Plastic Surgery Research Council

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Fat Grafting Reverses Radiation-induced Skin Fibrosis And Groin Contracture
Mimi R. Borrelli, MD, Ronak A. Patel, Jan Sokol, Dre Irizarry, Dung Nguyen, MD, Arash Momeni, MD, Michael T. Longaker, MD, MA, Derrick C. Wan.
Stanford, Palo Alto, CA, USA.

PURPOSE: Radiotherapy (RT) is an effective adjunctive treatment of cancer; it can reduce tumor size and decrease local cancer recurrence. A significant adverse effect of RT, however, is the fibrosis incurred in the soft tissue surrounding the tumor. RT activates a number of fibrotic pathways which cause continued and substantial dermal induration with increasing time since exposure. Radiation-induced soft tissue fibrosis can alter cosmesis and result in functional impairments, such as impaired swallowing and limb contracture. Fat grafting is a minimally-invasive surgical technique gaining popularity for its ability prevent or reverse the radiation-induced soft tissue fibrosis. We developed a mouse model of radiation-induced hind limb contracture and explored the effects of fat-grafting in this context.METHODS: We used Prrx1Cre;R26mTmG mice, in whom a fibrogenic subpopulation of fibroblasts in ventral skin (PRRX-1+) are labelled by embryonic expression Cre, to explore the effects of radiation subpopulations of fibrogenic fibroblasts. The hind limbs of PRRX-1 mice were irradiated with 30 Gy fractionated in 5 Gy doses every two days for a total of 12 days. Significant limb contracture developed during the one-month recovery period. At this point, the mice were sacrificed, and hind limbs were processed for histology. Next, the hind limbs of CD-1 nude mice were irradiated with the same regimen, to explore the therapeutic effects of fat graft grafting. At five-weeks post irradiation, 200ul of human lipoaspirate fat or lipoaspirate enriched with adipose-derived stromal cells (ASCs, 10,000 cells/200ul) was injected into the subcutaneous space of the irradiated hind limbs (Fig. 1A). Control mice were injected with saline or received sham surgery with no injection. Limb extensibility was measured every two weeks for a total of 12-weeks, at which point mice were sacrificed for hind limb skin mechanical strength testing (MST) and histologic analysis.RESULTS: Normal 0 false false false EN-AU X-NONE X-NONE /* Style Definitions */ table.MsoNormalTable {mso-style-name:"Table Normal"; mso-tstyle-rowband-size:0; mso-tstyle-colband-size:0; mso-style-noshow:yes; mso-style-priority:99; mso-style-parent:""; mso-padding-alt:0cm 5.4pt 0cm 5.4pt; mso-para-margin:0cm; mso-para-margin-bottom:.0001pt; mso-pagination:widow-orphan; font-size:12.0pt; font-family:"Calibri",sans-serif; mso-ascii-font-family:Calibri; mso-ascii-theme-font:minor-latin; mso-hansi-font-family:Calibri; mso-hansi-theme-font:minor-latin;} Hind limb irradiation significantly reduced limb extensibility compared to the non-irradiated side, with the greatest benefit of fat grafting was observed in the mice who received fat supplemented with SVFs, and little or no benefit seen in mice who received saline or sham treatment (Fig. 1B). These functional differences were associated with in a significant increase in the fibrogenic Prrx1+ fibroblast subpopulation (Fig. 1C). Fat grafting progressively improved limb extension, reduced skin stiffness, and reversed the fibrotic histological changes in the skin (Fig. 1D). CONCLUSION: Our mouse model of radiation-induced hind limb contracture enables a detailed dissection of the interaction between grafted fat and radiation-induced soft tissue contracture. We show that fat grafting can reverse the fibrotic changes seen in irradiated skin and can improve the extensibility of contracted limbs post irradiation.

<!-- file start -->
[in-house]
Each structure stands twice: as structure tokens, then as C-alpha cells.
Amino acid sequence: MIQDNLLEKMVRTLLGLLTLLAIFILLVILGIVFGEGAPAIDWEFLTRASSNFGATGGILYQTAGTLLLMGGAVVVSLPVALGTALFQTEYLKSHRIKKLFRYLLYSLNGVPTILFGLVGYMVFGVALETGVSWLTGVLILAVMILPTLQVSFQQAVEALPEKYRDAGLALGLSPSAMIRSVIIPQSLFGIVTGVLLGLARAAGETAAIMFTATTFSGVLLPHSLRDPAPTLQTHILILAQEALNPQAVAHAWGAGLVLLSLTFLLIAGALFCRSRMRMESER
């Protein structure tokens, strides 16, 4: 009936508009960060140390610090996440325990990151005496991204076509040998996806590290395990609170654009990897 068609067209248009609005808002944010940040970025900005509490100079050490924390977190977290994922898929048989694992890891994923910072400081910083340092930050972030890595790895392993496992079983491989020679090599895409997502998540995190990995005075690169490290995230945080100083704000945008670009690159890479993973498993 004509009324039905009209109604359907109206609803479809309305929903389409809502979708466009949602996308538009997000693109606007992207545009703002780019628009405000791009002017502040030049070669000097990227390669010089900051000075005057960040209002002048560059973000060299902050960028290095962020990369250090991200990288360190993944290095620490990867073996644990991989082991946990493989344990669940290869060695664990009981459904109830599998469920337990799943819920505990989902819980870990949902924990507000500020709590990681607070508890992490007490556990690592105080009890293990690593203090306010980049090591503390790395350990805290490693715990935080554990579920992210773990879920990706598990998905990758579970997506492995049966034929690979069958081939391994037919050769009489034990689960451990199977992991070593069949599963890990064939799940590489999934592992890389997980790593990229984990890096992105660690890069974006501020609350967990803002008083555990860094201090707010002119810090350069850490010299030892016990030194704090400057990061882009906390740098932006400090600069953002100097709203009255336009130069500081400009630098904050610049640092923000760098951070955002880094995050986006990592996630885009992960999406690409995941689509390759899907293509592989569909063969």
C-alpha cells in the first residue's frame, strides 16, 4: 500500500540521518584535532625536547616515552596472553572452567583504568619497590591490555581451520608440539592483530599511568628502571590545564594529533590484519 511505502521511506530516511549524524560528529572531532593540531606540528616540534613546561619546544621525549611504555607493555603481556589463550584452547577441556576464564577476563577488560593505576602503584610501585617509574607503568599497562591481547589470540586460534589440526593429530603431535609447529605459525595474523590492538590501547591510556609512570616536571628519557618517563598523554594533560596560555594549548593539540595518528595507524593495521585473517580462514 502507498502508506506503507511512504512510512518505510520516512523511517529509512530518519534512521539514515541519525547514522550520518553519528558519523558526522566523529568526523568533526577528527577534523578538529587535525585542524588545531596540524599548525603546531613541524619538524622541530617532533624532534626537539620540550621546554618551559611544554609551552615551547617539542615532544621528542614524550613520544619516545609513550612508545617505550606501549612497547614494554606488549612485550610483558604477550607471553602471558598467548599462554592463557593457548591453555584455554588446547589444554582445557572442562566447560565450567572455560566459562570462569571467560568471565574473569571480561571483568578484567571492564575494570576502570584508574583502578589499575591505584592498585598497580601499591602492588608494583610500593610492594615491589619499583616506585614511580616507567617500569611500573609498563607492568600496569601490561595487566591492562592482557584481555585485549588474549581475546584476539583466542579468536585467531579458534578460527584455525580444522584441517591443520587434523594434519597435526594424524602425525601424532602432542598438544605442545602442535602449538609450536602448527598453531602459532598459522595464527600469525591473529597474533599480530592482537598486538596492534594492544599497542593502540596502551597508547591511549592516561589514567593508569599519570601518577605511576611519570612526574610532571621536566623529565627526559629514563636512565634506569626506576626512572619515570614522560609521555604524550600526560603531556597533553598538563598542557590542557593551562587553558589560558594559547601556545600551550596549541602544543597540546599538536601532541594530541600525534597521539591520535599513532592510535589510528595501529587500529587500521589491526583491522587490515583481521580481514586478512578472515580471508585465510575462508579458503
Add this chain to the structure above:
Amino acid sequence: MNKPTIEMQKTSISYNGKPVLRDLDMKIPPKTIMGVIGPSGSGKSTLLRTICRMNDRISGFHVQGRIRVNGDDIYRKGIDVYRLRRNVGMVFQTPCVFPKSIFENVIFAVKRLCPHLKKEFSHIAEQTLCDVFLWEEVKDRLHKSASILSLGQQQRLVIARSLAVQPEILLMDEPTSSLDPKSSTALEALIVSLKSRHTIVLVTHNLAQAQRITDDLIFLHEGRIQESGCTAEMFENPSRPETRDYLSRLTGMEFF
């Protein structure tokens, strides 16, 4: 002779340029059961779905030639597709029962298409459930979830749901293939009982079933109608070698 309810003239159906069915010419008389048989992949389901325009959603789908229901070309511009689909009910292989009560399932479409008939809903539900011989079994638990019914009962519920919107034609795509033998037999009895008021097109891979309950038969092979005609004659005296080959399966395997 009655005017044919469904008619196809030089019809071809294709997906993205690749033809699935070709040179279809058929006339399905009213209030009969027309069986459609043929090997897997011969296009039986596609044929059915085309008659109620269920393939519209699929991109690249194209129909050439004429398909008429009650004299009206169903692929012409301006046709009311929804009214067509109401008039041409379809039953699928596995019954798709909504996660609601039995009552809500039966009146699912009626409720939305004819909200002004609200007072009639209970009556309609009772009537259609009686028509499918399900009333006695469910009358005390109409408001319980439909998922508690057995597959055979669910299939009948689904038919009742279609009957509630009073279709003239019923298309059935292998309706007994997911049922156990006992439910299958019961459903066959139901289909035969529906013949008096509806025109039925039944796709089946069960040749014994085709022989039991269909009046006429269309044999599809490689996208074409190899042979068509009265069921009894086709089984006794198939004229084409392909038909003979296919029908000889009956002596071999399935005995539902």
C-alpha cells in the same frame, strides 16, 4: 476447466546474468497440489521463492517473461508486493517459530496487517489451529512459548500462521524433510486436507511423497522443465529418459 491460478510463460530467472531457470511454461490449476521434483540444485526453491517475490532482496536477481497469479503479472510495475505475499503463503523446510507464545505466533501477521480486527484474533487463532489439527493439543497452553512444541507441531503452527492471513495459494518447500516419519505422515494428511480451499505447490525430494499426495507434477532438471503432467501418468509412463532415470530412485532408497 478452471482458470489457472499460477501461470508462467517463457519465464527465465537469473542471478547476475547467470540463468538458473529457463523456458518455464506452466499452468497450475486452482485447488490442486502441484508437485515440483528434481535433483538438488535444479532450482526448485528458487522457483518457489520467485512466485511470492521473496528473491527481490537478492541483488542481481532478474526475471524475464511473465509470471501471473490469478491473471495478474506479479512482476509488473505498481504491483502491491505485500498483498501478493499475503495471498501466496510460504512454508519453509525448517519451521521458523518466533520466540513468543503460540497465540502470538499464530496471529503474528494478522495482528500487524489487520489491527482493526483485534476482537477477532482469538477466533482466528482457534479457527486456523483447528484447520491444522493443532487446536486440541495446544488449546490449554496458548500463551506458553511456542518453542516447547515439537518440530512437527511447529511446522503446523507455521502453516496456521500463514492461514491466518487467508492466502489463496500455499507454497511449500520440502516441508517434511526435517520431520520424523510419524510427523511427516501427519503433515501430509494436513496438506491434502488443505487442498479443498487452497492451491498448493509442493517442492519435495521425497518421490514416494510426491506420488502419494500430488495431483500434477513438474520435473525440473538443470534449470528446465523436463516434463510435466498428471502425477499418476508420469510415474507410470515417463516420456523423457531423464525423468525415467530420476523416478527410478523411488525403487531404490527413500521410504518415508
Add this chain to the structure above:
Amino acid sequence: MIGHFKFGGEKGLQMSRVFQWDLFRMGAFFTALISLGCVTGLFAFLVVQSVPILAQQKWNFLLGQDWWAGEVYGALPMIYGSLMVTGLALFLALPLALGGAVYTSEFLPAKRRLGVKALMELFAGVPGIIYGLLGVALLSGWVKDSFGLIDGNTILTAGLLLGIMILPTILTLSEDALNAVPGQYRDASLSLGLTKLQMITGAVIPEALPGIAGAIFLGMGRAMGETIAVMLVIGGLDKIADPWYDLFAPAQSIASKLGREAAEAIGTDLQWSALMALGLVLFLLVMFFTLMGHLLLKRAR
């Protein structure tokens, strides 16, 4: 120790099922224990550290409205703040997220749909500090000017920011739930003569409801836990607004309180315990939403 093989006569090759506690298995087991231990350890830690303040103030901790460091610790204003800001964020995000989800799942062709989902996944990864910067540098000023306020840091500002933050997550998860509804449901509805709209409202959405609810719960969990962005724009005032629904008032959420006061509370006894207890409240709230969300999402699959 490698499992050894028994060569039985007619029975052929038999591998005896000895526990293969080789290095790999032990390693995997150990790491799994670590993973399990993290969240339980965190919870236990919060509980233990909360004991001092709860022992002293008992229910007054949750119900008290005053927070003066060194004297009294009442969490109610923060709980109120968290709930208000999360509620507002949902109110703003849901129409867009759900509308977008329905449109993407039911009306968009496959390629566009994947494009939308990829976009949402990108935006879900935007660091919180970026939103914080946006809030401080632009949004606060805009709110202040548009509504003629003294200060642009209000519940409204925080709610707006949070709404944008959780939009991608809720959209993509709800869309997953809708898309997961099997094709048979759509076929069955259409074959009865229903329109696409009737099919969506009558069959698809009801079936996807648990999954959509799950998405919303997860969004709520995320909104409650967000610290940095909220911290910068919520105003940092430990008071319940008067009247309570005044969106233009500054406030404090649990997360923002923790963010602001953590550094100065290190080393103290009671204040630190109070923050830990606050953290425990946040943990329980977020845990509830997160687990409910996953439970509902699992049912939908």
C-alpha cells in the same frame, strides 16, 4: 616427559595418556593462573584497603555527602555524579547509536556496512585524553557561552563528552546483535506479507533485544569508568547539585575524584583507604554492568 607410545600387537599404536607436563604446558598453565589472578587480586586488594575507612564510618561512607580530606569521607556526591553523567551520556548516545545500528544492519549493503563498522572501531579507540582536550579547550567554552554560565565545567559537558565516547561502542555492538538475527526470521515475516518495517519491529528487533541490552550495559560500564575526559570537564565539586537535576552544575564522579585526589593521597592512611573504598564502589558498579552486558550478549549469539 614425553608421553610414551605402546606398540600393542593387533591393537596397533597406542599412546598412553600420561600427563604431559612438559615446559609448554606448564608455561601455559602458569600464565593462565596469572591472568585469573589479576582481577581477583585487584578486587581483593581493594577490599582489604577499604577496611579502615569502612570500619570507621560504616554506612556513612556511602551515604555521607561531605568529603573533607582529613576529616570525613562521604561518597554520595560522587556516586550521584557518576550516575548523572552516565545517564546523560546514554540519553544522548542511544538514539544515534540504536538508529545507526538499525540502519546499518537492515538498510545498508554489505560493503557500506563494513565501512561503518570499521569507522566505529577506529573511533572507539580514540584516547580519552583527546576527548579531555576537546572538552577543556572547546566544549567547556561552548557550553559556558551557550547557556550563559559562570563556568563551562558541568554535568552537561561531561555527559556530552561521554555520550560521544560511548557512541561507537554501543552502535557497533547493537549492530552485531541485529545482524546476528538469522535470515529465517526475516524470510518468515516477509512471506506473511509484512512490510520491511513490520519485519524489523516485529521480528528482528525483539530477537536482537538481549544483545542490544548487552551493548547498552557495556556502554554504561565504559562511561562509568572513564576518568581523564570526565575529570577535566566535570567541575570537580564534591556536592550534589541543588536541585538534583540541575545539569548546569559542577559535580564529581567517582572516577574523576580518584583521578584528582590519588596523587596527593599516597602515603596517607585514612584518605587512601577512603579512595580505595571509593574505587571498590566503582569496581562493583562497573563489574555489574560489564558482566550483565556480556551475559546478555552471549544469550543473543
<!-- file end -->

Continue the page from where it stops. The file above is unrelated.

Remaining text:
irradiated skin and can improve the extensibility of contracted limbs post irradiation.


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